HUNTING AS A PACKI got my first cap for Tassie in the second game of the Shield season. I think Andrew Fekete went down injured a couple of days beforehand, so I got the call-up to play my debut game.
It was a home game, which was nice, although I actually had a cold. I think I was pretty crook that first game, but you’re never going to say that when someone tells you you’re making your debut. So I sprayed a bit of nasal spray and dropped a couple of Codrals and away we went.
Quite a few things have happened since then. I can hardly remember the first ball I bowled for Tasmania, although I think I got a couple of wickets in the match. I also got 36 batting in the first dig and a duck in the second innings off 30 odd balls. The ball was reverse swinging a bit and we were in a bit of strife, so I had to dig in.
I packed up the ute and came on down. The boat trip can be pretty rough, but there was a fair bit of excitement so I didn’t really give a shit!
The season has gone pretty well for us since then. People have mentioned my figures of 35 wickets at an average of 17 over the course of season and asked me what’s my secret.
That’s an easy one. Having five bloody good bowlers at the other end has a lot to do with it!
The number of maidens and the pressure that gets built by ‘Rainy’ [Sam Rainbird], ‘Belly’ [Gabe Bell], ‘Fekete’ [Andrew Fekete] and ‘Birdy’ [Jackson Bird] is amazing. They build that pressure, and I’m fortunate enough every now and then to come into the attack on the back of that, and hopefully maintain some pressure and take some wickets on the back of the great work that they’ve been doing, round after round.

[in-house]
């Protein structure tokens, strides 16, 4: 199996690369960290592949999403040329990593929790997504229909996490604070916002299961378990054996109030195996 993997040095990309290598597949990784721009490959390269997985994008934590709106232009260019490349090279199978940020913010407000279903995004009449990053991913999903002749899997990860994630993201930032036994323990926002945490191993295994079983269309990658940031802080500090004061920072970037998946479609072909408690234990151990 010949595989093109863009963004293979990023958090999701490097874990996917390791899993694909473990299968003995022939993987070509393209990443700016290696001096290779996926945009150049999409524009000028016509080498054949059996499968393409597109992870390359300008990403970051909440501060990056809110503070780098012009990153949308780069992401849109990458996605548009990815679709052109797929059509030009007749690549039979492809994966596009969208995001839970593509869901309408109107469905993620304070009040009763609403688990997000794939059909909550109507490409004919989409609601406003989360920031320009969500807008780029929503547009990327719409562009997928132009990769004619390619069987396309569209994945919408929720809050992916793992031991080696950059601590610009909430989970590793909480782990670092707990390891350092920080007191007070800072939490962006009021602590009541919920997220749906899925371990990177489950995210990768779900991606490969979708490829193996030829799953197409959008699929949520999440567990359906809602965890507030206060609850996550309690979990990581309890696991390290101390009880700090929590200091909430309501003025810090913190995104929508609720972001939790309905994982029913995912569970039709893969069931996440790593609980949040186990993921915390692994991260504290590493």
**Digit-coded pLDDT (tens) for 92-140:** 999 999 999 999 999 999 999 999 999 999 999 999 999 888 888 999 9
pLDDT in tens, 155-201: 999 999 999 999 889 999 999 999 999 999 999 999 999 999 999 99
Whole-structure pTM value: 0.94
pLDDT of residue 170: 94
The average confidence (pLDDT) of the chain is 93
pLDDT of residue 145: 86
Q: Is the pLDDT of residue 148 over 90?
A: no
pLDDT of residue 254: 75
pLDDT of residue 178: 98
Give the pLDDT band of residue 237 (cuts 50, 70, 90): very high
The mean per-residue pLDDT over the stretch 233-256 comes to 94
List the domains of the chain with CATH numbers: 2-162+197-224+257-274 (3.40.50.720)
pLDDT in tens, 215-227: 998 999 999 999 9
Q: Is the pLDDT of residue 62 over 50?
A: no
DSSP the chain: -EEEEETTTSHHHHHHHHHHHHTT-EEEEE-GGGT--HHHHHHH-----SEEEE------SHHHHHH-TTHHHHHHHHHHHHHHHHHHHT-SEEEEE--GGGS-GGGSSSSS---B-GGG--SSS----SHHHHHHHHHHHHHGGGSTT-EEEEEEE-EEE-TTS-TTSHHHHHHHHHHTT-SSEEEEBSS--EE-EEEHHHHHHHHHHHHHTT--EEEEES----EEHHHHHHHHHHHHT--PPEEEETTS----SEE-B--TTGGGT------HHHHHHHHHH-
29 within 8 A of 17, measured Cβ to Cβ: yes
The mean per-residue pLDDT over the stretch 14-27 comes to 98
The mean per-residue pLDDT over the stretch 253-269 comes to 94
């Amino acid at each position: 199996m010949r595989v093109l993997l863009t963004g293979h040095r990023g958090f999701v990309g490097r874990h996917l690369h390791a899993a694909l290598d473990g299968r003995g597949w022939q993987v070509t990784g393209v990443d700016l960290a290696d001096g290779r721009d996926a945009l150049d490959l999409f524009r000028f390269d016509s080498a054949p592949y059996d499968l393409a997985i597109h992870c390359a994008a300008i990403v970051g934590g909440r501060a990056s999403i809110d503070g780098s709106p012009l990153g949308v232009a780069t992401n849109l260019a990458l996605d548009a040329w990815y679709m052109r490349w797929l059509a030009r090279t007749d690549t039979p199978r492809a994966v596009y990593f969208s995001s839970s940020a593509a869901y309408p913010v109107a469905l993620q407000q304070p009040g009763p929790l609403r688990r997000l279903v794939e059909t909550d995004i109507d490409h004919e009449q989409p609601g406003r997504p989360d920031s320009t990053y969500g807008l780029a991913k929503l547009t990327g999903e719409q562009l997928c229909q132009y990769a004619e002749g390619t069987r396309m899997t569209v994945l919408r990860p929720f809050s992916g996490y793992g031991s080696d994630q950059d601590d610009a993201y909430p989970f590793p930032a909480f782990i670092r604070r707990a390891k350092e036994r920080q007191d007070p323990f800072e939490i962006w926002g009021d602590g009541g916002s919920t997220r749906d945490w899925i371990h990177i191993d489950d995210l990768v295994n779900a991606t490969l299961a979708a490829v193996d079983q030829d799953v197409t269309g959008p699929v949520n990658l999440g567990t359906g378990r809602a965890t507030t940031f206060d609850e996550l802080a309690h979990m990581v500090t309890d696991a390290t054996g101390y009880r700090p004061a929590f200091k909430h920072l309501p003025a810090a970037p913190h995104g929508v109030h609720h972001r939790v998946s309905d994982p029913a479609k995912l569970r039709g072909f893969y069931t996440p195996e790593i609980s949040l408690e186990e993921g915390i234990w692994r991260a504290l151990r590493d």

I know it’s a bit of a cliché to talk about pressure at the other end, but I honestly can’t look past it.
George has also managed the attack really well, so that’s got something to do with it too. And Bellerive is generally known as a seam-friendly wicket as well, so it’s a mixture of all three factors I guess.
As for my bowling, all I can say is I try to bend the back as much as I can, I guess. Generally I want to be swinging the ball away and getting a few nicks where I can, and if it’s not doing too much, I’ll add a few short balls into the mix.
I also work pretty hard on my batting. I try to be an all-rounder and put in the work in both forms of the game. I don’t think I’m hitting the balls as far as Benny Mac [Ben McDermott] would, but at number 8, you’re trying to get as many runs on the board as you can and it was good to get 80 last week to help us through to the Sheffield Shield final.
LOOKING UP TO GEORGE AND JOHNOur captain George Bailey has been great for us this year. Given his record, everyone in the room looks up to him and respects him, and that respect just grows when we see the way he goes about his training.